Don’t get me wrong, I’m not anti-social or anything, but perversely I am sad that the restrictions for COVID19 are being lifted. I have been enjoying my State-sanctioned semi-solitude. I had a perfect mix of interactions with others and being allowed to retreat all worked out.
It’s a selfish stand, I know because I wasn’t all that disadvantaged by them. I kept working through the whole time, was able to get out and exercise and had a steady stream of activities to keep me occupied. I was not affected by the great toilet paper shortage or scarcity of other items due to some uncanny coincidental forward planning. I didn’t have kids to home school. I didn’t get sick. I had already planned a low key year. I did miss seeing my grandson and daughter, and that’s about it. One other big regret was not being able to attend my good friend’s funeral at the end of April.
At work, I was able to be proactive and not reactive. Every item on my daily to-do list was crossed off, and I left at a reasonable time. I didn’t have students to discipline. The parents I did talk to were appreciative and not berating me for dealing with their children.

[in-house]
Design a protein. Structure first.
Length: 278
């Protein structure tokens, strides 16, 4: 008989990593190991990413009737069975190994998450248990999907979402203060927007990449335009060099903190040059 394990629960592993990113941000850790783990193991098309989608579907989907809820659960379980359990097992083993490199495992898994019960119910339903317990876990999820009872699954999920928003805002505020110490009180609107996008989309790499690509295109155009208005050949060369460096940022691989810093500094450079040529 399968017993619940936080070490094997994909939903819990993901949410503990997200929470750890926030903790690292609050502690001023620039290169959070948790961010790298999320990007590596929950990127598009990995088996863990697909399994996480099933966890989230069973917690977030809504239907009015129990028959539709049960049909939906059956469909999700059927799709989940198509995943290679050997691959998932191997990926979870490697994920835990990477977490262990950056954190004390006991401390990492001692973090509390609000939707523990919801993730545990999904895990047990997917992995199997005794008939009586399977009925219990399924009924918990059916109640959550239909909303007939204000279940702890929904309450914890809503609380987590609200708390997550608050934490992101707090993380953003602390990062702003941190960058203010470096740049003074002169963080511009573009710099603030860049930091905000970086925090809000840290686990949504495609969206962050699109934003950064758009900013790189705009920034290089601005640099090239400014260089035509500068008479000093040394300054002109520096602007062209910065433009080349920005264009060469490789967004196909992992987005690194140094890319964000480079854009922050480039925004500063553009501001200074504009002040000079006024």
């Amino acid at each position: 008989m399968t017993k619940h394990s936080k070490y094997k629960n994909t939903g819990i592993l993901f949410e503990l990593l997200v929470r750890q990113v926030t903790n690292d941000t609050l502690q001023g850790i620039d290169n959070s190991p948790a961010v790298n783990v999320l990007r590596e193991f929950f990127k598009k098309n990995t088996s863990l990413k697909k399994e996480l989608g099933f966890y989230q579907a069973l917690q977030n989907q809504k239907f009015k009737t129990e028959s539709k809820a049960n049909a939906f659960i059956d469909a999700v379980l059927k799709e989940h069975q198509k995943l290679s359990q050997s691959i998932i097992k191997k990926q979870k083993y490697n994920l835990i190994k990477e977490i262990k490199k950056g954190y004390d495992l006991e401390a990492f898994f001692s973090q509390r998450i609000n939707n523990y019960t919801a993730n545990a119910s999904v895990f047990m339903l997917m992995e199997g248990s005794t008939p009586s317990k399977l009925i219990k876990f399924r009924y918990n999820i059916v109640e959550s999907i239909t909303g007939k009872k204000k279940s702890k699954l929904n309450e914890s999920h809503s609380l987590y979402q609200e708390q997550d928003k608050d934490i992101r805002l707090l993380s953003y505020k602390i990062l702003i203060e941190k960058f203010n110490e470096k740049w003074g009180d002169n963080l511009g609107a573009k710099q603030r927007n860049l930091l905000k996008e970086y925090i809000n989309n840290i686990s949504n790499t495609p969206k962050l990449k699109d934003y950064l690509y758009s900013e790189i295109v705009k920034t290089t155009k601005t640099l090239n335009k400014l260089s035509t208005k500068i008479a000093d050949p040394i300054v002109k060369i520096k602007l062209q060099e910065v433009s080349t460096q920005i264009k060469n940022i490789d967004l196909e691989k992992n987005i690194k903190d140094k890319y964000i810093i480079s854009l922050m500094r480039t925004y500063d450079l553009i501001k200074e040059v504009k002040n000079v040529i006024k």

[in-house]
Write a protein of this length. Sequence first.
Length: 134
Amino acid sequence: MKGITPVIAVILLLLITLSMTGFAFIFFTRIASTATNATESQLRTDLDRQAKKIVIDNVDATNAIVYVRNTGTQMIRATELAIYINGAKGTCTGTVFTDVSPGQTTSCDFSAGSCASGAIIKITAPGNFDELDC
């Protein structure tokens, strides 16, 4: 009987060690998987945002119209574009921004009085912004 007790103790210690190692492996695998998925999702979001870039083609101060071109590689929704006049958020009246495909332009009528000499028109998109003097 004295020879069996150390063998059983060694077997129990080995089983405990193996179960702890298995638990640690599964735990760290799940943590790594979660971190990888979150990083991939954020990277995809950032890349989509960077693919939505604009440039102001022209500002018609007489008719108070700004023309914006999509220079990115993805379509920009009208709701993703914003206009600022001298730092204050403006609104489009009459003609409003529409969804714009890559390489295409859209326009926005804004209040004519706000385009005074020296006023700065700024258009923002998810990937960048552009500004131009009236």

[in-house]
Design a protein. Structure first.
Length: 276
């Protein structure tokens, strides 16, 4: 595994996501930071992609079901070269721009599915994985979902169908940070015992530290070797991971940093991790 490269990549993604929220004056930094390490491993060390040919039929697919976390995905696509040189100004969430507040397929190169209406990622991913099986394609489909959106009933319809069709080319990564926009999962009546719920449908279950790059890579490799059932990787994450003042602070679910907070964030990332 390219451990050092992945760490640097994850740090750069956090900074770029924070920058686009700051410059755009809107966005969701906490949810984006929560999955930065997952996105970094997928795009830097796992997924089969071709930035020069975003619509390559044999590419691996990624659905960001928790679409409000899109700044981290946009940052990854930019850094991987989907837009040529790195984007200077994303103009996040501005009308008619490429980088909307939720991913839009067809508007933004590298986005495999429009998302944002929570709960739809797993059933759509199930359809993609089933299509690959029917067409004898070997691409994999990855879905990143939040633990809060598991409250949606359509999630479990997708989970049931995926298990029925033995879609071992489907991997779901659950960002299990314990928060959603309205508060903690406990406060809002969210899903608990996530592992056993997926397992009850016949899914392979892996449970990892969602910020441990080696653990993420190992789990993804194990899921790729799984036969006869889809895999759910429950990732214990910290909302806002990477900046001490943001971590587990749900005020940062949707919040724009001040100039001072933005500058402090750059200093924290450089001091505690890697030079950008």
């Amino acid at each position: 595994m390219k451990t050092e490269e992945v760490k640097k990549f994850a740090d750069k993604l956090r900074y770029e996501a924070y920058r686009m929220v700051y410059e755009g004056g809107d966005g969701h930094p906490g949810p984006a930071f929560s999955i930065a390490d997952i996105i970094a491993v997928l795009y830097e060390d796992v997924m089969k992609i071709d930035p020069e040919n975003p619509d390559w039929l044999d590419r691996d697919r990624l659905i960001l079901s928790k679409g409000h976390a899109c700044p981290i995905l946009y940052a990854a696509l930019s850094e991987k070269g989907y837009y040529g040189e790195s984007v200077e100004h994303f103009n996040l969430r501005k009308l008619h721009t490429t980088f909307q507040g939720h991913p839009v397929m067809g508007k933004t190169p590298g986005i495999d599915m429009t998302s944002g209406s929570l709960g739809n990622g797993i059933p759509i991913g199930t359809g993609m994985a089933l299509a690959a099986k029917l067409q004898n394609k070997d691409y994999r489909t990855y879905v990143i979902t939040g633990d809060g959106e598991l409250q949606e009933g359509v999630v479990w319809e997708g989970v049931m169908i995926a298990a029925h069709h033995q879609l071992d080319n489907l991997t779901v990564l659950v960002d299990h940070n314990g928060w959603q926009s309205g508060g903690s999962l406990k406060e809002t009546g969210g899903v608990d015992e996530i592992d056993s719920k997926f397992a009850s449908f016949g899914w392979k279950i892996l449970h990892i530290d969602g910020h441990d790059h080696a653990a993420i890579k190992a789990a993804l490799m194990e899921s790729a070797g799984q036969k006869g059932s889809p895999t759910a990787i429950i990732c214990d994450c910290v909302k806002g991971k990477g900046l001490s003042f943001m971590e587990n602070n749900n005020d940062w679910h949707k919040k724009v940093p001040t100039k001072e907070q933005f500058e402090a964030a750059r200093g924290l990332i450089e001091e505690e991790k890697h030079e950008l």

Don’t get me wrong I’m not anti-social but with most of the teachers working from home, the constant stream of interruptions to solve other peoples’ problems dwindled to next to nothing. They return en masse this Monday, bringing their problems with them. (11/5/20)
A rumbling low-level of anxiety is beginning to penetrate my calm as the invitations to “catch up now that we can” are starting. It’s not that I went out partying every weekend anyway but having to stay at home, HAVING to be cocooned because I was told to, gave me a legitimate reason to stay quiet and at peace.
Don’t get me wrong; it’s not that I don’t want to see people, but this time to be slow, deliberate and self-sufficient was tantalisingly comforting. The bluer than blue skies have already started to brown over as more and more people are going about their business.
Don’t get me wrong, I’m not anti-social, but I have discovered that I am also not pro-social either. When I am with people, I feel on guard. Will I say something stupid? Will I accidentally offend someone? Does my hair look alright? What will they think of me? The internal monologue never ends. Sometimes it’s so noisy I forget to listen to the person in front of me. That voice has been so quiet these last two months. I guess it proves that even though I am friendly, loud, bossy, speak in front of a large crowd etc I am in essence a socially awkward introvert.
Don’t get me wrong, I’m not anti-social, but I could live in this bubble forever… I think… As long as the bubble had a door. It might be different if I didn’t have the option to leave when I wanted.
Don’t get me wrong, it’s not that I am antisocial, but I might re-gig my world a little so I can keep the calm for longer. Please don’t be offended.